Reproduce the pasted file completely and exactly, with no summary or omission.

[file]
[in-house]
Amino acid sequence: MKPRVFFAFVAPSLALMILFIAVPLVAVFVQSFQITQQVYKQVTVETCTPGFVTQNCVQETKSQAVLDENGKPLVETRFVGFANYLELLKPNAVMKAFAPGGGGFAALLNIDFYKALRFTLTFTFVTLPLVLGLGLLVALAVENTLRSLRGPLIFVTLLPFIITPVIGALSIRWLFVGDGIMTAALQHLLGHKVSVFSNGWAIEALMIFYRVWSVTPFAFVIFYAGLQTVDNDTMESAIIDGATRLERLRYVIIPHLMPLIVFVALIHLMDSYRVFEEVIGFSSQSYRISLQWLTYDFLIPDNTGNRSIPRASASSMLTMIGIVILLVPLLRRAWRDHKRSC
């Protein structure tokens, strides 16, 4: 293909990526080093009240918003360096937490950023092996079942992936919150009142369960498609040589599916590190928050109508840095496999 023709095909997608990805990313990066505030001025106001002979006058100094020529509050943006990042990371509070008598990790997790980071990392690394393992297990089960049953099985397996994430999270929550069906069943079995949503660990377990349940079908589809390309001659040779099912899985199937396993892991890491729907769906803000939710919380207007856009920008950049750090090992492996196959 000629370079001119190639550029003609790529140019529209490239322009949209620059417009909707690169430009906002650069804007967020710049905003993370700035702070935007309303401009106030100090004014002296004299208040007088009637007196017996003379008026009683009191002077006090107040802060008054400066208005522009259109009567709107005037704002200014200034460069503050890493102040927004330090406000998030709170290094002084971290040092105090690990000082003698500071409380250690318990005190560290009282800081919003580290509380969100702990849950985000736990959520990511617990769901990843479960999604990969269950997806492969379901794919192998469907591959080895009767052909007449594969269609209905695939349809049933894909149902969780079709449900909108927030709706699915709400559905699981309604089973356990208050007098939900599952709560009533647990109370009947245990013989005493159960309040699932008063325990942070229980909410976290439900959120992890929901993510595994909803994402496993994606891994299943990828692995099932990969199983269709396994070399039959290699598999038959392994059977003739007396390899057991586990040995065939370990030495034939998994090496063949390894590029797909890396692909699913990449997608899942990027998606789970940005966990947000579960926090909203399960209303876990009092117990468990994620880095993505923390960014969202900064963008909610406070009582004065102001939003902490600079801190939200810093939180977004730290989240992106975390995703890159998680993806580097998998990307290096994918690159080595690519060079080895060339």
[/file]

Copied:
[in-house]
Amino acid sequence: MKPRVFFAFVAPSLALMILFIAVPLVAVFVQSFQITQQVYKQVTVETCTPGFVTQNCVQETKSQAVLDENGKPLVETRFVGFANYLELLKPNAVMKAFAPGGGGFAALLNIDFYKALRFTLTFTFVTLPLVLGLGLLVALAVENTLRSLRGPLIFVTLLPFIITPVIGALSIRWLFVGDGIMTAALQHLLGHKVSVFSNGWAIEALMIFYRVWSVTPFAFVIFYAGLQTVDNDTMESAIIDGATRLERLRYVIIPHLMPLIVFVALIHLMDSYRVFEEVIGFSSQSYRISLQWLTYDFLIPDNTGNRSIPRASASSMLTMIGIVILLVPLLRRAWRDHKRSC
């Protein structure tokens, strides 16, 4: 293909990526080093009240918003360096937490950023092996079942992936919150009142369960498609040589599916590190928050109508840095496999 023709095909997608990805990313990066505030001025106001002979006058100094020529509050943006990042990371509070008598990790997790980071990392690394393992297990089960049953099985397996994430999270929550069906069943079995949503660990377990349940079908589809390309001659040779099912899985199937396993892991890491729907769906803000939710919380207007856009920008950049750090090992492996196959 000629370079001119190639550029003609790529140019529209490239322009949209620059417009909707690169430009906002650069804007967020710049905003993370700035702070935007309303401009106030100090004014002296004299208040007088009637007196017996003379008026009683009191002077006090107040802060008054400066208005522009259109009567709107005037704002200014200034460069503050890493102040927004330090406000998030709170290094002084971290040092105090690990000082003698500071409380250690318990005190560290009282800081919003580290509380969100702990849950985000736990959520990511617990769901990843479960999604990969269950997806492969379901794919192998469907591959080895009767052909007449594969269609209905695939349809049933894909149902969780079709449900909108927030709706699915709400559905699981309604089973356990208050007098939900599952709560009533647990109370009947245990013989005493159960309040699932008063325990942070229980909410976290439900959120992890929901993510595994909803994402496993994606891994299943990828692995099932990969199983269709396994070399039959290699598999038959392994059977003739007396390899057991586990040995065939370990030495034939998994090496063949390894590029797909890396692909699913990449997608899942990027998606789970940005966990947000579960926090909203399960209303876990009092117990468990994620880095993505923390960014969202900064963008909610406070009582004065102001939003902490600079801190939200810093939180977004730290989240992106975390995703890159998680993806580097998998990307290096994918690159080595690519060079080895060339």